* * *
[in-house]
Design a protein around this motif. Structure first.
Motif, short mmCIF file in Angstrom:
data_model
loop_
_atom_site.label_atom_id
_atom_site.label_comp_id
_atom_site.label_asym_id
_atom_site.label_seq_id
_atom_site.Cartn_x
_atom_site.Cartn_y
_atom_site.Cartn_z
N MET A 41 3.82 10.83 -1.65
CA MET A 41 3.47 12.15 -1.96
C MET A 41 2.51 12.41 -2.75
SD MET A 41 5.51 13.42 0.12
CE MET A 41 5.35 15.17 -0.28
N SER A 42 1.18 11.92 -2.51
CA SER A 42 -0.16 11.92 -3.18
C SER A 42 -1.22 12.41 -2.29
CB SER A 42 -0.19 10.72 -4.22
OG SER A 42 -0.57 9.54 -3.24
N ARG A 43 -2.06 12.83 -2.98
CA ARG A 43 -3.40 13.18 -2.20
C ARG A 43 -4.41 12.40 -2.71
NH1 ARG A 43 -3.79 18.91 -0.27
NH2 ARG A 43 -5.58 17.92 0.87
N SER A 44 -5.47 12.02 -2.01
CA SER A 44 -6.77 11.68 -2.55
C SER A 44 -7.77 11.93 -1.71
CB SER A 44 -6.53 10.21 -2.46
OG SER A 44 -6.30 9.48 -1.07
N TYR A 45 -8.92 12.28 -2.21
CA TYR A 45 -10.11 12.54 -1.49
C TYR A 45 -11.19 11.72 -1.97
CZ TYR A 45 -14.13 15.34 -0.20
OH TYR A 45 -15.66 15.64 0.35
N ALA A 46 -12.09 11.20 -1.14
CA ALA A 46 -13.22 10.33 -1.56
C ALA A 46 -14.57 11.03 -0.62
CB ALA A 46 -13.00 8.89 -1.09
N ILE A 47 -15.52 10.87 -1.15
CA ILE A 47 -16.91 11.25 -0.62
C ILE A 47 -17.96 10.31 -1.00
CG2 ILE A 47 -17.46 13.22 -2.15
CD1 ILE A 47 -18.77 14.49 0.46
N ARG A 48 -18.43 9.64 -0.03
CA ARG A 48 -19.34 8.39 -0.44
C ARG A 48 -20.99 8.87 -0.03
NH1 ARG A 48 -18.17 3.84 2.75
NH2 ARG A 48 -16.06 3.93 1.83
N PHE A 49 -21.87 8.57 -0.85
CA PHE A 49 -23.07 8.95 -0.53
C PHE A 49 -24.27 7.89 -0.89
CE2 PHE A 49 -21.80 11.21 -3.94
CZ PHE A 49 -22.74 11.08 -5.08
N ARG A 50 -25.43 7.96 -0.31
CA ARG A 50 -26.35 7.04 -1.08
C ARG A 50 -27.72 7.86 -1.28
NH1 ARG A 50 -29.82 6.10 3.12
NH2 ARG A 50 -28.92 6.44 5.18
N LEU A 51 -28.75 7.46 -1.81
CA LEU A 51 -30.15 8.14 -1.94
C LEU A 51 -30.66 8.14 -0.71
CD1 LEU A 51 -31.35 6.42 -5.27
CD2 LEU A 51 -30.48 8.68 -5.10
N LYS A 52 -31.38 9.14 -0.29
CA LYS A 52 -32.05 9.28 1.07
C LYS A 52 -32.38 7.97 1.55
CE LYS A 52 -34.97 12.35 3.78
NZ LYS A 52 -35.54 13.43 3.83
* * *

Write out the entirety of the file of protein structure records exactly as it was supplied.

[in-house]
Design a protein around this motif. Structure first.
Motif, short mmCIF file in Angstrom:
data_model
loop_
_atom_site.label_atom_id
_atom_site.label_comp_id
_atom_site.label_asym_id
_atom_site.label_seq_id
_atom_site.Cartn_x
_atom_site.Cartn_y
_atom_site.Cartn_z
N MET A 41 3.82 10.83 -1.65
CA MET A 41 3.47 12.15 -1.96
C MET A 41 2.51 12.41 -2.75
SD MET A 41 5.51 13.42 0.12
CE MET A 41 5.35 15.17 -0.28
N SER A 42 1.18 11.92 -2.51
CA SER A 42 -0.16 11.92 -3.18
C SER A 42 -1.22 12.41 -2.29
CB SER A 42 -0.19 10.72 -4.22
OG SER A 42 -0.57 9.54 -3.24
N ARG A 43 -2.06 12.83 -2.98
CA ARG A 43 -3.40 13.18 -2.20
C ARG A 43 -4.41 12.40 -2.71
NH1 ARG A 43 -3.79 18.91 -0.27
NH2 ARG A 43 -5.58 17.92 0.87
N SER A 44 -5.47 12.02 -2.01
CA SER A 44 -6.77 11.68 -2.55
C SER A 44 -7.77 11.93 -1.71
CB SER A 44 -6.53 10.21 -2.46
OG SER A 44 -6.30 9.48 -1.07
N TYR A 45 -8.92 12.28 -2.21
CA TYR A 45 -10.11 12.54 -1.49
C TYR A 45 -11.19 11.72 -1.97
CZ TYR A 45 -14.13 15.34 -0.20
OH TYR A 45 -15.66 15.64 0.35
N ALA A 46 -12.09 11.20 -1.14
CA ALA A 46 -13.22 10.33 -1.56
C ALA A 46 -14.57 11.03 -0.62
CB ALA A 46 -13.00 8.89 -1.09
N ILE A 47 -15.52 10.87 -1.15
CA ILE A 47 -16.91 11.25 -0.62
C ILE A 47 -17.96 10.31 -1.00
CG2 ILE A 47 -17.46 13.22 -2.15
CD1 ILE A 47 -18.77 14.49 0.46
N ARG A 48 -18.43 9.64 -0.03
CA ARG A 48 -19.34 8.39 -0.44
C ARG A 48 -20.99 8.87 -0.03
NH1 ARG A 48 -18.17 3.84 2.75
NH2 ARG A 48 -16.06 3.93 1.83
N PHE A 49 -21.87 8.57 -0.85
CA PHE A 49 -23.07 8.95 -0.53
C PHE A 49 -24.27 7.89 -0.89
CE2 PHE A 49 -21.80 11.21 -3.94
CZ PHE A 49 -22.74 11.08 -5.08
N ARG A 50 -25.43 7.96 -0.31
CA ARG A 50 -26.35 7.04 -1.08
C ARG A 50 -27.72 7.86 -1.28
NH1 ARG A 50 -29.82 6.10 3.12
NH2 ARG A 50 -28.92 6.44 5.18
N LEU A 51 -28.75 7.46 -1.81
CA LEU A 51 -30.15 8.14 -1.94
C LEU A 51 -30.66 8.14 -0.71
CD1 LEU A 51 -31.35 6.42 -5.27
CD2 LEU A 51 -30.48 8.68 -5.10
N LYS A 52 -31.38 9.14 -0.29
CA LYS A 52 -32.05 9.28 1.07
C LYS A 52 -32.38 7.97 1.55
CE LYS A 52 -34.97 12.35 3.78
NZ LYS A 52 -35.54 13.43 3.83